Taiwan based MediaTek, a semiconductor company, unleashed a white box market in mobile phone handsets by offering a "complete solution" for both 2.5G and 2.7G handset manufacturers, which lowers the entry barrier into the business. Additionally, the grey market in components unleashed a complementary market of "Shanzhai" makers. Its CEO Ming-Kai Tsai is now facing the question of how to grow MediaTek. Will MediaTek be able to eventually market its chipsets to companies such as Nokia? If so, under what terms?
Willy Shih; Chen-Fu Chien; Jyun-Cheng Wang
Harvard Business Review (610081-PDF-ENG)
April 19, 2010
Case questions answered:
- Background description
- External analysis (e.g. general environment, industry environment, opportunities, threats)
- Internal analysis
- Current strategy evaluation
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Case answers for Shanzai! MediaTek and the "White Box" Handset Market
Background – MediaTek:
With the rapid evolution of telephony in the past few years, many wireless chipset manufacturing plants have confronted challenges adapting to the emerging market trends. In 2009, MediaTek took the fabless semiconductor market by surprise, capitalizing on roughly a third of the sales of the entire market.
As the marketplace evolved, so did technological innovation in the field. This left Mr. Tsai, the CEO of MediaTek, with a great dilemma. Tsai confronts great challenges in attracting tier-one companies (I.E Nokia, Motorola, or Samsung) to purchase MediaTek’s product, due to major competitors in the industry.
Currently, MediaTek is indirectly a mass supplier of chipsets to the Shanzhai (counterfeit) market. Tsai is skeptical of the company’s future in this market segment due to its uncertain characteristics and unforeseeable evolution, and is thus contemplating shifting to the more rigid market segment; tier-one brands.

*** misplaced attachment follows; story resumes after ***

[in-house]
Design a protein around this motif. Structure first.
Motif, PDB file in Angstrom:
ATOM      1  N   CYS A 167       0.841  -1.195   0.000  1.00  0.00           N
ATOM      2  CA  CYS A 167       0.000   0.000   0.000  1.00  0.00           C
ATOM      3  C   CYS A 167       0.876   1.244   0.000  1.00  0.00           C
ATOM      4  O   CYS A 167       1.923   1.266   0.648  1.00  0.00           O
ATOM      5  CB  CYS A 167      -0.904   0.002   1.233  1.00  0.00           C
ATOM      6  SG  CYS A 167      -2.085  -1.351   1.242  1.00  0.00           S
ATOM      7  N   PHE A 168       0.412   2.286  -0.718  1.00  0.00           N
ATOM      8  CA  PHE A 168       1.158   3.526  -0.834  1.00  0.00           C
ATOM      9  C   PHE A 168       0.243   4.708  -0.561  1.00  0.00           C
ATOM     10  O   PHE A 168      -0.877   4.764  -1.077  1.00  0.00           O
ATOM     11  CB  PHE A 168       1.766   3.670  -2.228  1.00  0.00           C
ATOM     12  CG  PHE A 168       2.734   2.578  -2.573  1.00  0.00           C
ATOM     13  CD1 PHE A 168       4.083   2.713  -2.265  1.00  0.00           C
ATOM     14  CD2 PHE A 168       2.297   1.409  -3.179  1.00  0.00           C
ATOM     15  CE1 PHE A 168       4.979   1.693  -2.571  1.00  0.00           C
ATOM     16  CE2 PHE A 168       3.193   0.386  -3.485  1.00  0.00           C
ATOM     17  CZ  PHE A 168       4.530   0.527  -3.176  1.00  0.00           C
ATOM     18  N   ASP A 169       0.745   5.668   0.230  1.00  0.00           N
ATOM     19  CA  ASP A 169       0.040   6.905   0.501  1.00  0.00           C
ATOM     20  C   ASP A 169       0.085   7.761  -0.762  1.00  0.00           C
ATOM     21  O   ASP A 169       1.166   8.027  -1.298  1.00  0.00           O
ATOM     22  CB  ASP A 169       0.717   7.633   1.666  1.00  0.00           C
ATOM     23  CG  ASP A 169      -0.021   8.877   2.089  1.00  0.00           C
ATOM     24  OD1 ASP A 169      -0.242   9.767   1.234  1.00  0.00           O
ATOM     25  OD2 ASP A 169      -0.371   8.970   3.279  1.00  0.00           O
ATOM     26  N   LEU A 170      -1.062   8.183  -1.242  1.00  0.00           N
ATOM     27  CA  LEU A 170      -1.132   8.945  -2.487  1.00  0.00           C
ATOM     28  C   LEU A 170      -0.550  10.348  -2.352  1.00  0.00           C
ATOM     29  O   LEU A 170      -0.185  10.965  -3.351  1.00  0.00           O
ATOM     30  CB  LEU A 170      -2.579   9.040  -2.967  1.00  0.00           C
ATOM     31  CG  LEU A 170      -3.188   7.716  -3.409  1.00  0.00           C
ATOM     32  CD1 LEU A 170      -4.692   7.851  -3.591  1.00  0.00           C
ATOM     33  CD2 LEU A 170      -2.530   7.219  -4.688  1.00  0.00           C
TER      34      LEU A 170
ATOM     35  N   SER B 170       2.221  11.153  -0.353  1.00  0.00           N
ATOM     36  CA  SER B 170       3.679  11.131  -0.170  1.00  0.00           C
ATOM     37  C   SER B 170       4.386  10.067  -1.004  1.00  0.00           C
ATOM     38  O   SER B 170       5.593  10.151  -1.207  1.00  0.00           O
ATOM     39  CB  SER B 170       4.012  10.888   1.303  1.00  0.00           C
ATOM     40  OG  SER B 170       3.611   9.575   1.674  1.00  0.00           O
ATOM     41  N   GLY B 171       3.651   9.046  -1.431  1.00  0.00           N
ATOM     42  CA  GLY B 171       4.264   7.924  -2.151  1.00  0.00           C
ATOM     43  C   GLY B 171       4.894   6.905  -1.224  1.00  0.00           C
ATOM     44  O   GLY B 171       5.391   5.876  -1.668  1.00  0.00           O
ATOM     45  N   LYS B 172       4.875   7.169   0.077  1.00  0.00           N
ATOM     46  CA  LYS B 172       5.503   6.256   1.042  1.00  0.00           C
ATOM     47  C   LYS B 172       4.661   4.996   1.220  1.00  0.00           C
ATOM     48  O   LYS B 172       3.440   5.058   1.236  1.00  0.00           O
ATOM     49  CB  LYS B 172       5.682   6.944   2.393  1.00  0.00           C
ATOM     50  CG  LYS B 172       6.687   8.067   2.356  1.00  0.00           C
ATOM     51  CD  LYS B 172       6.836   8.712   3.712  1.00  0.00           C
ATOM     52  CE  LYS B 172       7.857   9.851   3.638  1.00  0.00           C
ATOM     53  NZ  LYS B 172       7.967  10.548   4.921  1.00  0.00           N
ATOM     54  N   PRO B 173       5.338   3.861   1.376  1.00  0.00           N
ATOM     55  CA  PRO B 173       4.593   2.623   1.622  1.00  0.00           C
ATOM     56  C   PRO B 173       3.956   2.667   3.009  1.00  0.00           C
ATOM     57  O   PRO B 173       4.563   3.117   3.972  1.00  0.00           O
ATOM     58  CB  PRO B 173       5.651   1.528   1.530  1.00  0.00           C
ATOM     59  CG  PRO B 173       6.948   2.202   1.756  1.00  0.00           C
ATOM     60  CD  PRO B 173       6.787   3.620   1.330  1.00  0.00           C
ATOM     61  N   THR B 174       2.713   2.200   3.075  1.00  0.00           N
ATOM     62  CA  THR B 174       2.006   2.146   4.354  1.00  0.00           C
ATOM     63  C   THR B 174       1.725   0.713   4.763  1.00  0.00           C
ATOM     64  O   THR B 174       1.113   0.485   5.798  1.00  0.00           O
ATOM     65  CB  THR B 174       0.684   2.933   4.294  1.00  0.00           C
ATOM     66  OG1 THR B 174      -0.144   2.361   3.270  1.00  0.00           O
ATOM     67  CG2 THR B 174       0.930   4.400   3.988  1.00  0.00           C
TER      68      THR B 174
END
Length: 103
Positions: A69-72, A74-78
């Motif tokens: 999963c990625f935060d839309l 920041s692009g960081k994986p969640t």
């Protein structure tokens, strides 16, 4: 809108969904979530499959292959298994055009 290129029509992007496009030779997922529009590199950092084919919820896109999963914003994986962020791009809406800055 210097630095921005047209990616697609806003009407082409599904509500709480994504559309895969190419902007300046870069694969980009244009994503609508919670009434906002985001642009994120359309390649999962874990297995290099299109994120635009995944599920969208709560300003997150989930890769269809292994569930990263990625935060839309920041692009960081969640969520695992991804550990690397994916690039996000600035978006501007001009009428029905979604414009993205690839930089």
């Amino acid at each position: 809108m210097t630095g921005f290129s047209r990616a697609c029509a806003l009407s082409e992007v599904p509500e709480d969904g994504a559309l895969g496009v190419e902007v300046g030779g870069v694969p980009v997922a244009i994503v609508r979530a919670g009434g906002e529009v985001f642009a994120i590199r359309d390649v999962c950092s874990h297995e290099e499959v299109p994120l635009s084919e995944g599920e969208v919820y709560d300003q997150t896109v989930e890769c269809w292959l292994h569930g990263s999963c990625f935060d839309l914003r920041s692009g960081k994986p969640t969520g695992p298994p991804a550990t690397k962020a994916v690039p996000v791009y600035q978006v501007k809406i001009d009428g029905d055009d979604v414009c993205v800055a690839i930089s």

1. General Environment
Technological: In the past three decades, a major shift in technology has prevailed in the mobile handset industry. Through innovation and technological advances, the market shifted from analog transmissions (1G) to digital mobile communications in 1992 (also known as 2G), and ultimately to the Wideband Data Communications network (3G). With rapid changes in this dynamic marketplace only the most well-funded and well-managed companies have managed to emerge from generation to generation, whilst others have been unsuccessful.
Sociocultural: In the past thirty years, the evolution of the cellular mobile device market has had a vast impact on the interactional behavior within society. With the mass availability and affordability of wireless telecommunication devices, they have become widely accepted throughout the world. This phenomenon has resulted in great economic growth within the market.
Economic: With an increased demand for widely available wireless telecommunication devices, the handset market grew from a high-end niche market into the most widespread electronic device in the world. Estimates suggest that between 1.2 billion and 1.4 billion units were produced, and shipped in 2009 alone, categorizing it as the world’s most prevalent electronic device.
Global: With evolving technological innovation, globalization has prevailed in the past decades. With free-trade agreements and extensive transportation networks, the reachability of new market places has grown immensely. Thus, demand for both brand-name cellphones as well as “White Box” cellular devices has significantly increased, resulting in a vast demand for wireless chipsets.
2. Industry Environment
Porter’s Five Forces:
Barriers of Entry: Due to low labor costs, low production costs, a relatively low selling point (exhibit 5), and the widely available schematics of the wireless chipset, which can be found online, it can be argued that the…